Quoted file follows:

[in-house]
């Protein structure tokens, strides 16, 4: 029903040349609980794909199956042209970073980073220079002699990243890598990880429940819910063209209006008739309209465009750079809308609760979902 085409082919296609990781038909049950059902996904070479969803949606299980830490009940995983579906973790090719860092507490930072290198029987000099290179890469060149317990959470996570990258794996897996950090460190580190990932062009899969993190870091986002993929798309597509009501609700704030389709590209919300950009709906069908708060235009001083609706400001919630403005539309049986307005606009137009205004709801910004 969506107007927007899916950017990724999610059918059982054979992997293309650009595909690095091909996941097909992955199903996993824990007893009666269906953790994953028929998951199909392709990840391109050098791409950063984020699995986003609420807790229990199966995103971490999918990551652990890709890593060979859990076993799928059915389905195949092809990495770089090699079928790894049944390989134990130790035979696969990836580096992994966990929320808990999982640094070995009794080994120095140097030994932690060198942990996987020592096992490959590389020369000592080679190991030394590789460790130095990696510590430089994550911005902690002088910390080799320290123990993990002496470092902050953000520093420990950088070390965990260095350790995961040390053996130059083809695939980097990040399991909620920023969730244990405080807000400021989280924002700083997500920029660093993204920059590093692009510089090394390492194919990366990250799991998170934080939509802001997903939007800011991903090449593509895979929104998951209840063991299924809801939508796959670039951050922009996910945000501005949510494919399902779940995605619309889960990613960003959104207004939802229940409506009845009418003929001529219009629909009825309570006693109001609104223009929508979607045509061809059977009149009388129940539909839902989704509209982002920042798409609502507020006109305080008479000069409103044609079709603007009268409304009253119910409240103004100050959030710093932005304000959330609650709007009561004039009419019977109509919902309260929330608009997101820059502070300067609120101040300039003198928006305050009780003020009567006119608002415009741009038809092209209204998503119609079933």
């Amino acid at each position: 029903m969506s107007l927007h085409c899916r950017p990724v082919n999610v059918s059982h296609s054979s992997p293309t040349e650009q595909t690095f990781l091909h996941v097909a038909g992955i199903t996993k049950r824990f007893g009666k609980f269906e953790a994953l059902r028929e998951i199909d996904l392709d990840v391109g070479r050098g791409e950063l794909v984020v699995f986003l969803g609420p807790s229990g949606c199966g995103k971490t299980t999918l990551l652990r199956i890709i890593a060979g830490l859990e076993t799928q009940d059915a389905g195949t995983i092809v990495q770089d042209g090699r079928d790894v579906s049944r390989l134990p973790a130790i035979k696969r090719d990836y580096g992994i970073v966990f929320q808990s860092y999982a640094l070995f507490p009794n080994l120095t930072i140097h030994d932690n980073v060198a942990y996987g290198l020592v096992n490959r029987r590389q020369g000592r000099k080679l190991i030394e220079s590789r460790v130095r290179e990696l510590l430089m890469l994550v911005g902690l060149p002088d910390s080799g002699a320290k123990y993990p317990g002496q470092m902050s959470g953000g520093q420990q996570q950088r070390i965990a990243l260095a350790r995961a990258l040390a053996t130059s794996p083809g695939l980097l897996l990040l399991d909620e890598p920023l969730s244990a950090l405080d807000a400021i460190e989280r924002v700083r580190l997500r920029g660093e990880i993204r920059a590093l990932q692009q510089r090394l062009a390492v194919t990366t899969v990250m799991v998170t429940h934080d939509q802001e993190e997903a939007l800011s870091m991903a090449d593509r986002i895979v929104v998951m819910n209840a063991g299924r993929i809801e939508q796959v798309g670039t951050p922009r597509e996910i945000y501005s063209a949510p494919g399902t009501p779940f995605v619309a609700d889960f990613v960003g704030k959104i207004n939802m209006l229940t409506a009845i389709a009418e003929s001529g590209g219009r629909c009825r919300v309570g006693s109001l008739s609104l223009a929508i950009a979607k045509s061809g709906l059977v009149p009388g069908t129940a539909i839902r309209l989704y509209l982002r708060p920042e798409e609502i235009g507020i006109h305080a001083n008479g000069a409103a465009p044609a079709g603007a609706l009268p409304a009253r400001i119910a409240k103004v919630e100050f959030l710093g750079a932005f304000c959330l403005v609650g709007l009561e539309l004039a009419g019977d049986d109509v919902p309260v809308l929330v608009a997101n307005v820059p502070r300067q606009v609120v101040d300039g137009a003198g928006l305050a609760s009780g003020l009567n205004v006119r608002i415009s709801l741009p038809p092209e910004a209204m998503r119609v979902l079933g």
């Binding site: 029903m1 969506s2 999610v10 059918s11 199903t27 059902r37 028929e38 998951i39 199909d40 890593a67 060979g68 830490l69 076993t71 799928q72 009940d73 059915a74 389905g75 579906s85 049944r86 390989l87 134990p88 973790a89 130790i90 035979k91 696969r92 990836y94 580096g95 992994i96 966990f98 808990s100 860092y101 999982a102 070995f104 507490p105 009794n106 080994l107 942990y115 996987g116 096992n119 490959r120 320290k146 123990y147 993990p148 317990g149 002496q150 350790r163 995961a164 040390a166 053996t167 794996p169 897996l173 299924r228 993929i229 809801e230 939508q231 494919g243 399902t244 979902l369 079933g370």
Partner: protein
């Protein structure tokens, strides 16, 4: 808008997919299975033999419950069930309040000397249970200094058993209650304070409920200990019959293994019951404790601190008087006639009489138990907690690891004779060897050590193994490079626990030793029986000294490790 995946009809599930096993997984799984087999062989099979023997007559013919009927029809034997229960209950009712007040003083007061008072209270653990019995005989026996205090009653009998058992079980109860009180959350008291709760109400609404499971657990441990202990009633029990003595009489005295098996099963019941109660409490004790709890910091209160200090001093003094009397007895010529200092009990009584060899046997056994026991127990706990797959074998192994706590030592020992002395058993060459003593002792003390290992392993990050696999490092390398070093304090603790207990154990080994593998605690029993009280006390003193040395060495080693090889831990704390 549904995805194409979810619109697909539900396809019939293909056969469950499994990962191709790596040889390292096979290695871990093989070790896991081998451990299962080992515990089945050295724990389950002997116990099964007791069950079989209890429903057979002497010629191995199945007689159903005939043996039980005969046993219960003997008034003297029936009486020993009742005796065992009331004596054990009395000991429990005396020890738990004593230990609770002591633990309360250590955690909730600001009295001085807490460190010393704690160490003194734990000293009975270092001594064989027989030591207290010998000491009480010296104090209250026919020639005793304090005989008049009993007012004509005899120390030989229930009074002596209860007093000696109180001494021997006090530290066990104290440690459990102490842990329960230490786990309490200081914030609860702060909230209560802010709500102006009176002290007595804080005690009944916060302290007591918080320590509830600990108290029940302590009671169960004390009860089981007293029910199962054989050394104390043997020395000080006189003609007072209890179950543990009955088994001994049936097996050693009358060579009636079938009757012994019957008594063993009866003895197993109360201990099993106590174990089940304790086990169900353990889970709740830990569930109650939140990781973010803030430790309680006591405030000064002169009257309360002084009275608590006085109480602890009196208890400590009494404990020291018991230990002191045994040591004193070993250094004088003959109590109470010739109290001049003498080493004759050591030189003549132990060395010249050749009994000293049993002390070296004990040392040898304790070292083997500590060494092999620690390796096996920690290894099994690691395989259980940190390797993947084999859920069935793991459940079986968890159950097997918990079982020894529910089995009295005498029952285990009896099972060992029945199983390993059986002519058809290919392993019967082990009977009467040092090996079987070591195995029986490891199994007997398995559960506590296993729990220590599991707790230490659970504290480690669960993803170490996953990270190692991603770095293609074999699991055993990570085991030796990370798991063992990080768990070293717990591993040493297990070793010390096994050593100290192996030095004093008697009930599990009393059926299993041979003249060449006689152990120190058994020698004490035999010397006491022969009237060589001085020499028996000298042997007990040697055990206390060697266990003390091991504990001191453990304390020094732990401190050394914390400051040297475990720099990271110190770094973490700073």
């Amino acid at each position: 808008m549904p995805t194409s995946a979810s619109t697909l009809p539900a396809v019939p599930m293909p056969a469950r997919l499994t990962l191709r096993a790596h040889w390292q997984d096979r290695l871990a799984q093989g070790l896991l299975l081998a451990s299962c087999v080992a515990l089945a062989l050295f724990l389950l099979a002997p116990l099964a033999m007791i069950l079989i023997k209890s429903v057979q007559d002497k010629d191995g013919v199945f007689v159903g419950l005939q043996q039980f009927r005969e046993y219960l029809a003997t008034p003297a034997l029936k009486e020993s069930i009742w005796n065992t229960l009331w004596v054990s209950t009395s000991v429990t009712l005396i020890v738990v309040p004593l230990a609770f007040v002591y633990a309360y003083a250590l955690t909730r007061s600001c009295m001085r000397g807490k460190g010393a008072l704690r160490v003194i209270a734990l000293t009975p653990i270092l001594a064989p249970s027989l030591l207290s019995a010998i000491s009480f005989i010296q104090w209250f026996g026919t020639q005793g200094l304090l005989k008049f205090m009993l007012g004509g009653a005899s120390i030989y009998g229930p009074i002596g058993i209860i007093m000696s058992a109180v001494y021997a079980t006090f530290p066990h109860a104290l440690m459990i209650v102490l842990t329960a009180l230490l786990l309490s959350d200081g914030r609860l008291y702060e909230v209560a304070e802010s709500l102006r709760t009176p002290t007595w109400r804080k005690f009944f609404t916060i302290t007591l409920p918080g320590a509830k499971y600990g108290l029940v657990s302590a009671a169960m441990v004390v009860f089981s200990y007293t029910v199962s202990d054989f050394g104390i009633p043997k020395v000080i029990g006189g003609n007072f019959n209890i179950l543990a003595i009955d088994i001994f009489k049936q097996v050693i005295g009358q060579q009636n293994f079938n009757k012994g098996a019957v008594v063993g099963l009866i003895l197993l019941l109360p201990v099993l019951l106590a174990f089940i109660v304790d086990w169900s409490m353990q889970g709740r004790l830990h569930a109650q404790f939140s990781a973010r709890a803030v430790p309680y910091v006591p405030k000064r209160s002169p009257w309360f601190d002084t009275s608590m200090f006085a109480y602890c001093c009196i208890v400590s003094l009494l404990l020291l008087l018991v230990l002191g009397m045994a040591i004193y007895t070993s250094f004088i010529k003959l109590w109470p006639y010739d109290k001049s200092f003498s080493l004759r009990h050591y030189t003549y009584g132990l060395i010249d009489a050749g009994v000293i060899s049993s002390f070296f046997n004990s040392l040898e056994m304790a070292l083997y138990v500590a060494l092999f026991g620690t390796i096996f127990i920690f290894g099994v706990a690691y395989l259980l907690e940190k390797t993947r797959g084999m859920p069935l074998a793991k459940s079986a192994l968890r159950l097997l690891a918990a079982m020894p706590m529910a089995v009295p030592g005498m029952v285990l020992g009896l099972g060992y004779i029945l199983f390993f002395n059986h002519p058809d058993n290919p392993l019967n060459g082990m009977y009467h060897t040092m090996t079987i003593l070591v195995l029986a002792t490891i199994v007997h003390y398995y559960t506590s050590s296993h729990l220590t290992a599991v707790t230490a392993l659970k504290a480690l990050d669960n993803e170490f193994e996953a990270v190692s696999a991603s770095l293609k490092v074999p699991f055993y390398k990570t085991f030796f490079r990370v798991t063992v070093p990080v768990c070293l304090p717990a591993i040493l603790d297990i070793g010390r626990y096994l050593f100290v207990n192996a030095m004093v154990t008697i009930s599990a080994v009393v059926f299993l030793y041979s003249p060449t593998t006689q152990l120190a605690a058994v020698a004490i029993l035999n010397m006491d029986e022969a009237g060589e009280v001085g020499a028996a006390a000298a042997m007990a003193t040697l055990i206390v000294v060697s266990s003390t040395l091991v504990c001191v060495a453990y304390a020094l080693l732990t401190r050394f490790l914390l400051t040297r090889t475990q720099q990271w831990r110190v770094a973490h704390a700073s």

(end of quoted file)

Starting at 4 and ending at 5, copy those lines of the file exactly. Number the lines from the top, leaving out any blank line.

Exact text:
């Binding site: 029903m1 969506s2 999610v10 059918s11 199903t27 059902r37 028929e38 998951i39 199909d40 890593a67 060979g68 830490l69 076993t71 799928q72 009940d73 059915a74 389905g75 579906s85 049944r86 390989l87 134990p88 973790a89 130790i90 035979k91 696969r92 990836y94 580096g95 992994i96 966990f98 808990s100 860092y101 999982a102 070995f104 507490p105 009794n106 080994l107 942990y115 996987g116 096992n119 490959r120 320290k146 123990y147 993990p148 317990g149 002496q150 350790r163 995961a164 040390a166 053996t167 794996p169 897996l173 299924r228 993929i229 809801e230 939508q231 494919g243 399902t244 979902l369 079933g370």
Partner: protein